17

I have a new CentOS 7 installation, and noticed that my /var/log/messages file is full of messages like this

Mar  6 08:40:01 myhostname systemd: Started Session 2043 of user root.
Mar  6 08:40:01 myhostname systemd: Starting Session 2043 of user root.
Mar  6 08:40:01 myhostname systemd: Created slice user-1001.slice.
Mar  6 08:40:01 myhostname systemd: Starting user-1001.slice.
Mar  6 08:40:01 myhostname systemd: Started Session 2042 of user userx.
Mar  6 08:40:01 myhostname systemd: Starting Session 2042 of user userx.
Mar  6 08:40:01 myhostname systemd: Started Session 2041 of user root.
Mar  6 08:40:01 myhostname systemd: Starting Session 2041 of user root.
Mar  6 08:40:31 myhostname systemd: Removed slice user-1001.slice.
Mar  6 08:40:31 myhostname systemd: Stopping user-1001.slice.
Mar  6 08:41:01 myhostname systemd: Created slice user-1001.slice.
Mar  6 08:41:01 myhostname systemd: Starting user-1001.slice.
Mar  6 08:41:01 myhostname systemd: Started Session 2044 of user userx.
Mar  6 08:41:01 myhostname systemd: Starting Session 2044 of user userx.
Mar  6 08:41:21 myhostname systemd: Removed slice user-1001.slice.
Mar  6 08:41:21 myhostname systemd: Stopping user-1001.slice.

What do all of these mean, and why are they there? If this is normal background noise them it seems like an enourmous waste to of resources to log this...

19

(this question is also answered over on superuser here )

Those are messages pertaining to the creation and deletion of slices, which are used in systemd to group processes and manage their resources.

Why they are logged by default escapes me but I've seen two ways to disable them:

  1. The less intrusive way is to filter them out by creating /etc/rsyslog.d/ignore-systemd-session-slice.conf with the following contents:

    if $programname == "systemd" and ($msg contains "Starting Session" or $msg contains "Started Session" or $msg contains "Created slice" or $msg contains "Starting user-" or $msg contains "Removed Slice" or $msg contains "Stopping user-") then stop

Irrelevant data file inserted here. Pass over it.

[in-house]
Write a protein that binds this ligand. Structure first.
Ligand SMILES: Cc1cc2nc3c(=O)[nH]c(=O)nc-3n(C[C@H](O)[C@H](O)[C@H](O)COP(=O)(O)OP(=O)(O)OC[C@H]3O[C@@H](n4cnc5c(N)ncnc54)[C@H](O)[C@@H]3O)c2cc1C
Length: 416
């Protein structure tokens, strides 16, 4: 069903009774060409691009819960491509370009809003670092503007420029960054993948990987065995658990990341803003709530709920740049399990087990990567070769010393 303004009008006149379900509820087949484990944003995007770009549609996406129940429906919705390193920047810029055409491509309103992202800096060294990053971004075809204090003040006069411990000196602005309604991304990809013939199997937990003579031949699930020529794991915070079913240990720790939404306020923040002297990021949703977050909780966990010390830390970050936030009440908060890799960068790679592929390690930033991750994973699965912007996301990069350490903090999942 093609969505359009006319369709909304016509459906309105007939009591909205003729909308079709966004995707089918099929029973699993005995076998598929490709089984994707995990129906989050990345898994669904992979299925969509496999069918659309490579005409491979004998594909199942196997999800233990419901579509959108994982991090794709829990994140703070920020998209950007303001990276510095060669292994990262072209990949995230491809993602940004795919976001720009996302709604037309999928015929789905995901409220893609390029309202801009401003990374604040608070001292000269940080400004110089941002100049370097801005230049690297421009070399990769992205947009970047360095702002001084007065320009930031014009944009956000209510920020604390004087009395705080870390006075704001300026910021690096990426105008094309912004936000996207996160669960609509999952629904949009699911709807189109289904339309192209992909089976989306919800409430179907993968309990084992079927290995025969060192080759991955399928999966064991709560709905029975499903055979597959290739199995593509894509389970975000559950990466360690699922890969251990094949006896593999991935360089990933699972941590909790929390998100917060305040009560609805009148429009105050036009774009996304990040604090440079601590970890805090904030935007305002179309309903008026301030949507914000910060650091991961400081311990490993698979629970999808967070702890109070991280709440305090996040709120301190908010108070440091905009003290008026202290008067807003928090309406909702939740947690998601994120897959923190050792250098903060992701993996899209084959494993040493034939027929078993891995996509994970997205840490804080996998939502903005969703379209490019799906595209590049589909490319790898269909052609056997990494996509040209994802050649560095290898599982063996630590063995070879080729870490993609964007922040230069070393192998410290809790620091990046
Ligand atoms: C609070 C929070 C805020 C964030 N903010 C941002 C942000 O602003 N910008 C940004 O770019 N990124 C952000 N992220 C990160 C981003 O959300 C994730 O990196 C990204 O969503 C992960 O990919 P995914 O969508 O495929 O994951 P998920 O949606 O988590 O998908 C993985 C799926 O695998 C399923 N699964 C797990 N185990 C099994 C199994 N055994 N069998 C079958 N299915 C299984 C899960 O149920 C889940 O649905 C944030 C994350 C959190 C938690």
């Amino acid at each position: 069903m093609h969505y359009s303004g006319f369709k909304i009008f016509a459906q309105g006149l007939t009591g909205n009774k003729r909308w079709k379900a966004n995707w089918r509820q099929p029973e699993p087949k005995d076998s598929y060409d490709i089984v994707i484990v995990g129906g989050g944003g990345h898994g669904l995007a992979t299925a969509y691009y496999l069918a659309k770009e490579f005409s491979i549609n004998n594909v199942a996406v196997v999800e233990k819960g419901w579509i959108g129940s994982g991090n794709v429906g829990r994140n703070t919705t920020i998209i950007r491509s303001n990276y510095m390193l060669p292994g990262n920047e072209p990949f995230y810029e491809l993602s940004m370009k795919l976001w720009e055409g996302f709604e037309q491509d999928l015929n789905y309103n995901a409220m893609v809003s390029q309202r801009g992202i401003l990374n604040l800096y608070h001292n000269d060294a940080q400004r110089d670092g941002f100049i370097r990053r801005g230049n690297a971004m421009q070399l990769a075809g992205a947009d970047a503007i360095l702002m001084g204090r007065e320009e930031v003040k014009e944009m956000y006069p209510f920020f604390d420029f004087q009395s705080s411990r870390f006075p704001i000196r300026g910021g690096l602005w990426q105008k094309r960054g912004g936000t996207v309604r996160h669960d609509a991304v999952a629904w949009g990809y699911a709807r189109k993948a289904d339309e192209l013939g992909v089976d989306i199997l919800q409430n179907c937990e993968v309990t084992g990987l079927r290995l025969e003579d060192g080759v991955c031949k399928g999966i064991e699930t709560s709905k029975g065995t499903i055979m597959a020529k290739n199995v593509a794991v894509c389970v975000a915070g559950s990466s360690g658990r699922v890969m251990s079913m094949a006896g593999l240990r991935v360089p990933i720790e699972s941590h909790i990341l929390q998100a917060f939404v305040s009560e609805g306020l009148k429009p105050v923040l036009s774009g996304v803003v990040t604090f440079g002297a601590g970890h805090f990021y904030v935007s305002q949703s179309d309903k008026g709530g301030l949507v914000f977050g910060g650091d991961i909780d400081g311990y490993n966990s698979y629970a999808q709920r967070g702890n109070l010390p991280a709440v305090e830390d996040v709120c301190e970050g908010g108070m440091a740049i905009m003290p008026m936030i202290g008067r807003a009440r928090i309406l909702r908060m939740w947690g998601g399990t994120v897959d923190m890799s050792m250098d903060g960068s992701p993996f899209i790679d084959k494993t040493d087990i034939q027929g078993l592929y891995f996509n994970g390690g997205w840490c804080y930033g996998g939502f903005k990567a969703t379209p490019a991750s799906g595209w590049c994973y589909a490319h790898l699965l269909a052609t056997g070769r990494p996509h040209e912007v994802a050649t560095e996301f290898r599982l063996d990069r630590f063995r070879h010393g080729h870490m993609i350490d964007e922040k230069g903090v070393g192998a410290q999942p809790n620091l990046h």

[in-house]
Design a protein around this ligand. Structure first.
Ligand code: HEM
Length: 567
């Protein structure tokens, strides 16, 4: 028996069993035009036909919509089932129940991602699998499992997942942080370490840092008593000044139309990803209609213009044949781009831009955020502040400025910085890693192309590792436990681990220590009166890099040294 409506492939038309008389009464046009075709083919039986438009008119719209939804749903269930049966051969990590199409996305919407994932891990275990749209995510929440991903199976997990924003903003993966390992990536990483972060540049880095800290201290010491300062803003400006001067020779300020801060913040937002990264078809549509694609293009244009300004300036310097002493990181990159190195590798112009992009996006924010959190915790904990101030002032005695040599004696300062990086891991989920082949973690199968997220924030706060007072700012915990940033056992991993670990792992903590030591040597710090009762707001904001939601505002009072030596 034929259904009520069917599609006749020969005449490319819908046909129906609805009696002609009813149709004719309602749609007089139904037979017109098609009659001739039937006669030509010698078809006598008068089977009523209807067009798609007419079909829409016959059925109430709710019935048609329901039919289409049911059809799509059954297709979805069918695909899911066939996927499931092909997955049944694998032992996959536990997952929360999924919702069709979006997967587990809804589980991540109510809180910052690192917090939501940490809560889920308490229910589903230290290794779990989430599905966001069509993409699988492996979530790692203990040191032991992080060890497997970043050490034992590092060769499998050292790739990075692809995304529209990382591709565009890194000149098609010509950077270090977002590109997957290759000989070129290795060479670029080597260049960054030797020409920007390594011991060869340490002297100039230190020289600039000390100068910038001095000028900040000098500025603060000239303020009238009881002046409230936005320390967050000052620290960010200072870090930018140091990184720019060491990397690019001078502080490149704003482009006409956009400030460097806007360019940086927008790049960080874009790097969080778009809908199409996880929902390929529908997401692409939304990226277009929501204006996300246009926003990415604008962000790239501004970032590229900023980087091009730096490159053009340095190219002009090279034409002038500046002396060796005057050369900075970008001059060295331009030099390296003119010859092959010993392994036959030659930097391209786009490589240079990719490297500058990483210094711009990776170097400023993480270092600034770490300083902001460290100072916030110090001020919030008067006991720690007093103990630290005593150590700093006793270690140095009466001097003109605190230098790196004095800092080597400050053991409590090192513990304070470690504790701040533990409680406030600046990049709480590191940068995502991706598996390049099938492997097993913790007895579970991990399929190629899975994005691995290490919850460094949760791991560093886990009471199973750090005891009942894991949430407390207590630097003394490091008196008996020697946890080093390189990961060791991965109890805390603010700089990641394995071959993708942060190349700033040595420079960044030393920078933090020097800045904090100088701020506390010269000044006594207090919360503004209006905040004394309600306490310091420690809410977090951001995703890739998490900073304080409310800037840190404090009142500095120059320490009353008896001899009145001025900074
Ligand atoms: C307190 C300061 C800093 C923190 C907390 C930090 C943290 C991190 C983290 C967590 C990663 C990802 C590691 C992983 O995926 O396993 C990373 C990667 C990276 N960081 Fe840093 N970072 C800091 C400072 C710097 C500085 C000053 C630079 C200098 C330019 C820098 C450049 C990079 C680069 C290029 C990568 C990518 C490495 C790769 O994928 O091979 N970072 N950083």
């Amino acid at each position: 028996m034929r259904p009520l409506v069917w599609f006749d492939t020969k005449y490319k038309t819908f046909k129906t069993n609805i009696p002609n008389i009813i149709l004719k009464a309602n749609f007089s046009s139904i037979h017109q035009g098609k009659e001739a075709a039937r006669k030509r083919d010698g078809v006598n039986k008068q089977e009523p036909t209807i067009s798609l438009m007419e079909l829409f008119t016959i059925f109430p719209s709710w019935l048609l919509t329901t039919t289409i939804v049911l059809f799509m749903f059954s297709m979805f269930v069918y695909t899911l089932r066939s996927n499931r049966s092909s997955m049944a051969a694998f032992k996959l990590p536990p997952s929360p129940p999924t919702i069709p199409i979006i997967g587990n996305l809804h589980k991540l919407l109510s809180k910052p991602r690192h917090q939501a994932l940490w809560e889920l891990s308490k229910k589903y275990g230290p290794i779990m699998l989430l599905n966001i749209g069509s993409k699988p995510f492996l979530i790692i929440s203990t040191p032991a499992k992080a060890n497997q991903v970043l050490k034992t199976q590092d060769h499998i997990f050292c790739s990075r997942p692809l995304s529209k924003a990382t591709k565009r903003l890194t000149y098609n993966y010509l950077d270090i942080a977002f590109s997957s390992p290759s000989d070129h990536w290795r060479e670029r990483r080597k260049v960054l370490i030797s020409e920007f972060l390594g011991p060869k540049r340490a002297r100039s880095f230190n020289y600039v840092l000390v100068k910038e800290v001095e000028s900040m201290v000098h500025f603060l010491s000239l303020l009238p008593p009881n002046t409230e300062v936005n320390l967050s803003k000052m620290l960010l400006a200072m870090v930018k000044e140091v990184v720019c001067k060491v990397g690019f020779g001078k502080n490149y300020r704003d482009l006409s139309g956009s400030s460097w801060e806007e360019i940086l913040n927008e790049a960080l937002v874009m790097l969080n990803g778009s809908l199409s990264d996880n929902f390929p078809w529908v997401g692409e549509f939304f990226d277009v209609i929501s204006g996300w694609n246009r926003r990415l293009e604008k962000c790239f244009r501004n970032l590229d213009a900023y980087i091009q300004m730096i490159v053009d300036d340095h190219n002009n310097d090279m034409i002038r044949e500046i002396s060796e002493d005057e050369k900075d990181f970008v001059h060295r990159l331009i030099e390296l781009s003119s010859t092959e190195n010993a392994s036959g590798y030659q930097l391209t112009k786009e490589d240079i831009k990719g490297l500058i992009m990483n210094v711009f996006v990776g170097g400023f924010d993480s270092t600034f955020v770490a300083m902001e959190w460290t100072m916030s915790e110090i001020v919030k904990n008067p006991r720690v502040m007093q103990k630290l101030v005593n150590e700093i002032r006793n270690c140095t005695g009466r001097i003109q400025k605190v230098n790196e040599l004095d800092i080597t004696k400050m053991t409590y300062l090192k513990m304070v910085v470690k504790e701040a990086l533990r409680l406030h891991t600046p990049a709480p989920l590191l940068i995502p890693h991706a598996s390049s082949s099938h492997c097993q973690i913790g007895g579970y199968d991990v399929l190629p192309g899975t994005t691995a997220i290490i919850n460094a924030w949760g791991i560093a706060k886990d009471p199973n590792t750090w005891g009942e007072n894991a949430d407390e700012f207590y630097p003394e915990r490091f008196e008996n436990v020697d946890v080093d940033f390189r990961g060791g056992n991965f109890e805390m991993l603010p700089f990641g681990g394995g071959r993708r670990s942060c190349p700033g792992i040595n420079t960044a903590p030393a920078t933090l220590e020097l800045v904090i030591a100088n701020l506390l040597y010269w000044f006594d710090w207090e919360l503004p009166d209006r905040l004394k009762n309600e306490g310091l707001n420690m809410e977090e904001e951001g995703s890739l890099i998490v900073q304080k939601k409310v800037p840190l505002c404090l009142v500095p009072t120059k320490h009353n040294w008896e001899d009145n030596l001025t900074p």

and restart rsyslogd with systemctl restart rsyslog

  2. The broader way is to set the systemd logging level a bit higher by editing /etc/systemd/system.conf:

     #LogLevel=info
     LogLevel=notice
    

References:

| improve this answer | |
  • Had to change if statement to if $programname contains "systemd" because program name is called systemd-logind – Aidas Jan 15 '19 at 10:21
  • @Aidas, out of curiosity, what distro/systemd version? – fusorx Jan 16 '19 at 12:53
  • 1
    CentOS Linux release 7.5.1804 (Core) – Aidas Feb 12 '19 at 15:59
2

These messages are normal and expected -- they will be seen any time a user logs in

To suppress these log entries in /var/log/messages, create a discard filter with rsyslog, e.g., run the following command:

echo 'if $programname == "systemd" and ($msg contains "Starting Session" or $msg contains "Started Session" or $msg contains "Created slice" or $msg contains "Starting user-" or $msg contains "Starting User Slice of" or $msg contains "Removed session" or $msg contains "Removed slice User Slice of" or $msg contains "Stopping User Slice of") then stop' >/etc/rsyslog.d/ignore-systemd-session-slice.conf

Then restart the rsyslog service

systemctl restart rsyslog

https://access.redhat.com/solutions/1564823

| improve this answer | |
  • Are you sure they are shown when a user logs in? Monitoring /var/log/messages show this when myuser logs in: May 26 12:24:46 myhost systemd-logind: New session 40686 of user myuser. May 26 12:24:46 myhost systemd: Started Session 40686 of user myuser., not the slice messages. I am interested in knowing the cause of slice messages. – nephewtom May 26 at 11:30

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